Kayaking tours are usually around $25, but will charge some transportation fees (usually $20); you’ll need a 4x4 to get to the really gorgeous and remote part of the island called Rio Istian. Find kayak rentals online or by heading to the coast and seeing if you can rent one there. This tour company is an option to look into.
If you’d rather connect with nature, you can hike all around the island as you try to spot local monkeys and parrots ... or go on horseback! Past groups have found someone on the beach to take them for a ride, but there are a couple of ILP volunteers who highly recommend going with Hari's Horses!
Here's what Ashley had to say:
A Few Notes On Moyogalpa
This is the gateway for Ometepe and likely where your ferry will drop you off! For visitors with a short amount of time on the island, Moyogalpa is a great starting point for exploring the rest of the island. In Moyogalpa, you can enjoy the comforts of a small town since it has hotels, restaurants, shops, and other services. Also, the entire island is cash only, so make sure you have enough for your entire visit (best to be prepared with small bills — many places are unwilling or unable to break a 500 note). There is a bank/ATM in Moyogalpa just up the road from the ferry.
You can also find tour operators here that can arrange volcano hikes, trips to the petroglyphs, beach excursions, and other attractions. Since Moyogalpa is on the western side of Ometepe, this is a great place for watching the sunset. You can also rent bicycles if you're wanting to explore the island with your group!
There are several local holidays that are celebrated here with parades and music. The most important of these is the festival of Moyogalpa's patron saint which is held from July 23-26.
Where To Stay On The Island
There are some groovy places to stay on the island. We'd recommend looking into hostels which are inexpensive and a fun place to stay, but have also had some great reviews from some hotels on the island.
In either case, pay attention to location. No matter where you stay, you will be able to get everywhere you want, but some will be closer to certain things than others. You may want to look into hostels that have bike rental or connections to help you get around the island.
We've broken this section into two categories because some of these places are too good to pass up if you're wanting some amazing pictures — we also have a whole list of other places past groups have stayed to break up your visit. We've had some ILP groups choose 2-3 places to stay just to move around the island and get a taste of a few different hostels. Hopefully this list helps you plan!
Our Tip-Top Picks
La Omaja — Pick your perks when it comes to La Omaja. Come for nice rooms (with A/C!) and a restaurant onsite, with included breakfast. We also cannot get enough of the infinity pool on the property which is officially one of the best places on Ometepe to watch the sunset. Book here.
Pst! Some also suggest you can get amazing sunset views at El Pital or Totoco Lodge, also at the Punta Jesus Maria viewpoint.
Emerald Rainbow Caravan Hostel — We are just going to let Ashley (an ILP Nicaragua volunteer) explain this dreamy place to stay : "This was one of the funnest places I've ever stayed!!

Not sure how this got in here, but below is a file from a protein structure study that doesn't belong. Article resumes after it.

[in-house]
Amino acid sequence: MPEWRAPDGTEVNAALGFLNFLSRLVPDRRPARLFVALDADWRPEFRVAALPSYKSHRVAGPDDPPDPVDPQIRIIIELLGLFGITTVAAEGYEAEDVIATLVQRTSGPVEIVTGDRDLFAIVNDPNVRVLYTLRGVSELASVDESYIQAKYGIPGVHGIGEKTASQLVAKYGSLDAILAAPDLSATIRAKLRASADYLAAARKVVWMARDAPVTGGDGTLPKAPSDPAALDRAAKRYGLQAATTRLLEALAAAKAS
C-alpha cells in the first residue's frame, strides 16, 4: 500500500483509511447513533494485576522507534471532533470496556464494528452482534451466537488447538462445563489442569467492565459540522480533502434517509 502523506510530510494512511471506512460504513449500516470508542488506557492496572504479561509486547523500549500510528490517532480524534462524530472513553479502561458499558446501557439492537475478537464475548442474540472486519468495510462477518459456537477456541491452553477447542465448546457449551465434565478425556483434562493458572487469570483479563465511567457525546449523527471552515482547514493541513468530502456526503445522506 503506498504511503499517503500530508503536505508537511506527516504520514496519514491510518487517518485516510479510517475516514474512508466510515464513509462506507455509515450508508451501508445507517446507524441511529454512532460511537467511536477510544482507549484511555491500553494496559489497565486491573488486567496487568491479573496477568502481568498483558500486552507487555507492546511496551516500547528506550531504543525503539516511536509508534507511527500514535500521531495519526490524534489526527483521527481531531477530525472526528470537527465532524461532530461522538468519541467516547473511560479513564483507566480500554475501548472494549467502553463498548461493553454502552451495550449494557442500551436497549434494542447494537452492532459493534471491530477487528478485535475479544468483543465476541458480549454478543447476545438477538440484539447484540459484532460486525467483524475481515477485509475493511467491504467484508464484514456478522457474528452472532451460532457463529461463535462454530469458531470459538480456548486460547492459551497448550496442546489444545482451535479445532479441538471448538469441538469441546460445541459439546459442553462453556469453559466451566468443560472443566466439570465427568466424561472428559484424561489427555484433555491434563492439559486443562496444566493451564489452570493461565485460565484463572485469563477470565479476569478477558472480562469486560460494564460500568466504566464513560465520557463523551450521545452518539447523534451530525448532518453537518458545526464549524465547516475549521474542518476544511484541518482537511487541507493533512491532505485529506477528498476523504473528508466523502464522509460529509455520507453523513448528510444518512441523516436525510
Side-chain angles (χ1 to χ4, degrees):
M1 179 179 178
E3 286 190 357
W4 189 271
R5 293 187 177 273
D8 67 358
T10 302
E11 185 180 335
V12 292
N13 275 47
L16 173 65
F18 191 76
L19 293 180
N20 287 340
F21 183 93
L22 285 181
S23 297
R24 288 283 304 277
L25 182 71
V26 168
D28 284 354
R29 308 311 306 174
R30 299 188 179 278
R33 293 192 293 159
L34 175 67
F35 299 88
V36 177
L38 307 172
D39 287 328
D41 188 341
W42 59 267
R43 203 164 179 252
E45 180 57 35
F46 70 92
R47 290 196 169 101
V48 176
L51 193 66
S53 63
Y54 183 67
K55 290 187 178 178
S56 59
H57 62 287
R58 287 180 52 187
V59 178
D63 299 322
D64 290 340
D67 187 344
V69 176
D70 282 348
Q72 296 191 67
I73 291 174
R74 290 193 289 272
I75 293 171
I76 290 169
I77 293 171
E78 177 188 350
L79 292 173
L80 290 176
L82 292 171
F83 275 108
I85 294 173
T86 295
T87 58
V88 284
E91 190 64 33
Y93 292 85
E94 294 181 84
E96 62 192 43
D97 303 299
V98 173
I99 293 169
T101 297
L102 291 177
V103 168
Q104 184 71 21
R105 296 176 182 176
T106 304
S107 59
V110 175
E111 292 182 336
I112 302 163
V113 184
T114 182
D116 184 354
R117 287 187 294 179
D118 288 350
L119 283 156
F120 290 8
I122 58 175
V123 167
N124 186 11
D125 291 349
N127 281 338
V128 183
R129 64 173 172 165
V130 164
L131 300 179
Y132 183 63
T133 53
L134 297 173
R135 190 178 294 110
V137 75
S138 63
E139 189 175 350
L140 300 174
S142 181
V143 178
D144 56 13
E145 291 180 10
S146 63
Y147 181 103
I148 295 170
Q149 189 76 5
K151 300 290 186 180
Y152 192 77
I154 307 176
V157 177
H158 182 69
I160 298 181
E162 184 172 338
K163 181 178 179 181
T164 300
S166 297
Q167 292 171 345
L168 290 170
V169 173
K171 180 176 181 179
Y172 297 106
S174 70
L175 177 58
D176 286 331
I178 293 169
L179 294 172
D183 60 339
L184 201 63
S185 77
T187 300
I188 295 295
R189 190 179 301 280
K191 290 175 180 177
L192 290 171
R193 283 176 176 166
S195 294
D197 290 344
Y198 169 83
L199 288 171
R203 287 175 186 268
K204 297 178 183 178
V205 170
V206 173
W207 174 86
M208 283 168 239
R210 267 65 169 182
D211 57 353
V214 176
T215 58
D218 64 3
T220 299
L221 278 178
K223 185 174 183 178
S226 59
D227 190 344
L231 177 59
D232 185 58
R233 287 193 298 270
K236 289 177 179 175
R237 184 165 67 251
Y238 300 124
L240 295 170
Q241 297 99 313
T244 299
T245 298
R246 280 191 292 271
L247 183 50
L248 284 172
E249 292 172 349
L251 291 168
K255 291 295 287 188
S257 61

+ A Few Others
Here are a few more to look into, that past groups have stayed at:
- La Urraca Loca
- Hospedaje Soma
- Hostel Life Is Good
- El Zipilote (Some past ILP alumni comment that this hostel was very rustic, with a 15-minute hike through the jungle to reach reception, and a trek to get to your rooms. Some loved the adventure but others stayed here one night then switched to another place to stay).
- Nathaly Hostel (They offer horseback rides to the beach for a good price).
El Pital Hostel (Free yoga classes, but it's quite rustic and not super well maintained, just so you're aware)
- Xalli Beach Hotel (Not a hostel, but a very fun and nice place to stay if you're wanting a bit more luxury in your Ometepe island trip. Some past ILP groups have loved it).
How To Get There From Granada (+Costs)
Granada is a nearby tourists spot that you'll likely visit or get very familiar with if you're spending any amount of time in Nicaragua. Here are the directions to Ometepe island from Granada, though if you’re coming from anywhere else, you just need to get yourself to Rivas first, then take a bus to San Jorge. Once you get to San Jorge, you can take a ferry over to the actual island. Here's more detail on each of those steps.
From Granada to Rivas
Take a Minibus. If you go to Calle La Cazada (the main street of restaurants in Granada), you can find travel agency or two to help you hire a mini bus that will take you directly to the ferry launch. Expect to pay $25-30 and only 1-2 buses leave per day.
Take a Chicken Bus. Head to the Granada Market Station (in front of the Shell Gas Station). Buses leave once they are full, but arrive at 6:30, 8:05, 9:30, 11:30, 12:30, 1:30, 3:10, Sunday through Monday. Expect to pay around $1.50 or $2.00 (Way cheaper than a mini bus)
From Rivas To San Jorge
From Rivas, you’ll need to get yourself to the ferry launch (at the San Jorge dock). There’s a bus from Rivas to San Jorge, but it’s tricky to know when to get off (but you may be able to ask the bus driver to help you out). Expect to pay $0.65. The bus can be a bit tricky because there aren't clear stops to get on and off. Honestly, it's best to ask locals where to catch the bus because can be really unclear if you're not familiar with the area. Once on the bus make sure you tell the driver where you are going (Port Of San Jorge) so they know to stop where you need to.
You can also take a taxi to San Jorge ferry launch. You’ll need to negotiate, but if you bater well, you can pay around $1.
Then Take The Ferry Over
Once you get to San Jorge launch*, you’ll need to take a ferry over. You can check out the ferry schedule here.
Most ferries drop you off in Moyogalpa but you can also take a ferry that will drop you off in San Jose. Ferry rides are about 1 hour long, and cost $2. You can also take a Launcha boat for a bit less ($1.50); just know that they are a bumpier ride and don’t operate on Sundays.
*Some past groups recommend booking transportation for your day (and the next day) with the people at the San Jorge dock — "For $24 each, they drove us to our hostel from the dock, gave us a full day tour (waterfalls, hike, springs) the next day, and then drove us back to the dock on the last morning". Another group by chance met with a tour guide from Luxury Tours Ometepe who helped them set up a driver for their weekend, once they arrived at the San Jorge Dock " Our driver took us to wherever we wanted to go each day, would drop us off at our hostel and then would pick us up in the morning. We split the total cost making it about $15 a person for private transportation for the whole weekend!" You can reach them through WhatsApp: 505 8900 6613
Transportation to get around the island can be difficult, so getting this set up beforehand, or staying at a place with bike rentals is a good idea.
Ready for more Nicaragua?
Find out more about the ILP program in Central America here and see more pictures of what life is like in Nicaragua by clicking that green button: